MPT: The Multistate Performance Test consists of two 90-minute skills questions. Applicants receive a case file and library and must complete a written assignment. The MPT is designed to test applicants on their ability to provide legal and factual analyses, engage in problem solving, resolve ethical dilemmas, communicate effectively, and complete a lawyering task within the time constraints.
State-specific Essays: Subjects tested on the essay portion of bar exams vary by jurisdiction. Jurisdictions may use the MEE for the essay portion of the exam or the jurisdiction may draft its own essays.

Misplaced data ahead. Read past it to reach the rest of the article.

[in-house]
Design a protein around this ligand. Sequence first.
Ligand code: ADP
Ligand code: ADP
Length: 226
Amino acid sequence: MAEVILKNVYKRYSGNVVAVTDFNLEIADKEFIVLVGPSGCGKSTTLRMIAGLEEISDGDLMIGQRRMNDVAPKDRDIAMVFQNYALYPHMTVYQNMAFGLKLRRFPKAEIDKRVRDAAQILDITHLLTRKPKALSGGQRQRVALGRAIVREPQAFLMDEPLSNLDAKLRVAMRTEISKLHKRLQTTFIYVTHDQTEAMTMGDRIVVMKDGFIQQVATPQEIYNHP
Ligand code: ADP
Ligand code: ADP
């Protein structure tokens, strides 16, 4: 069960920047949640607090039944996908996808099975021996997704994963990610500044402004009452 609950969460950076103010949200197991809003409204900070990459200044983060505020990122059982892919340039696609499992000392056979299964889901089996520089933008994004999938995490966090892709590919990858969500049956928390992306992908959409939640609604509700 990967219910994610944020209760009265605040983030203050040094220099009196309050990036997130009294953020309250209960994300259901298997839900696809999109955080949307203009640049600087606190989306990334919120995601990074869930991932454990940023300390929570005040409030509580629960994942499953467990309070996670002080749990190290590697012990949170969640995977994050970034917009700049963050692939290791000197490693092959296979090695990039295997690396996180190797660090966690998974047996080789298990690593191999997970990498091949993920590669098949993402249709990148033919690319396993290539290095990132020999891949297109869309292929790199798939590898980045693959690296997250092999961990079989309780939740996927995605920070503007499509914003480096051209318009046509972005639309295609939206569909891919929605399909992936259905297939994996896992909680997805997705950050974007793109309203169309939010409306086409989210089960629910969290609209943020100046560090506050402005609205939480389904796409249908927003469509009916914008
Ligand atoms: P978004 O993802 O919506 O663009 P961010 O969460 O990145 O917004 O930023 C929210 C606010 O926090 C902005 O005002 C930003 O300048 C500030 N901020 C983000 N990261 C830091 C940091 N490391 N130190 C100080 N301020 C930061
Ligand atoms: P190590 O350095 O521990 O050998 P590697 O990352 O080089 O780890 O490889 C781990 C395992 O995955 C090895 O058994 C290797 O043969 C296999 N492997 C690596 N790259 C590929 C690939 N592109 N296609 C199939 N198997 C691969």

The majority of BU Law graduates go into jurisdictions where the Uniform Bar Examination (UBE) is administered. The UBE is composed of three sections: the MBE, MEE, and MPT.
The Application Process
- First, choose the jurisdiction(s) where you will take the bar exam.
- Go to the jurisdiction(s) bar admission website to understand its admission requirements, rules and deadlines. To find these requirements, visit the NCBE webpageand select your jurisdiction under the “Jurisdiction Information” section at the bottom of the page.
- Register with the NCBE and sit for the Multistate Professional Responsibility Examination (MPRE), if the MPRE is required by your intended jurisdiction.
- Review your jurisdiction’s admission application materials, especially as related to Character and Fitness requirements, and begin gathering documents for the application by the start of your third year of law school.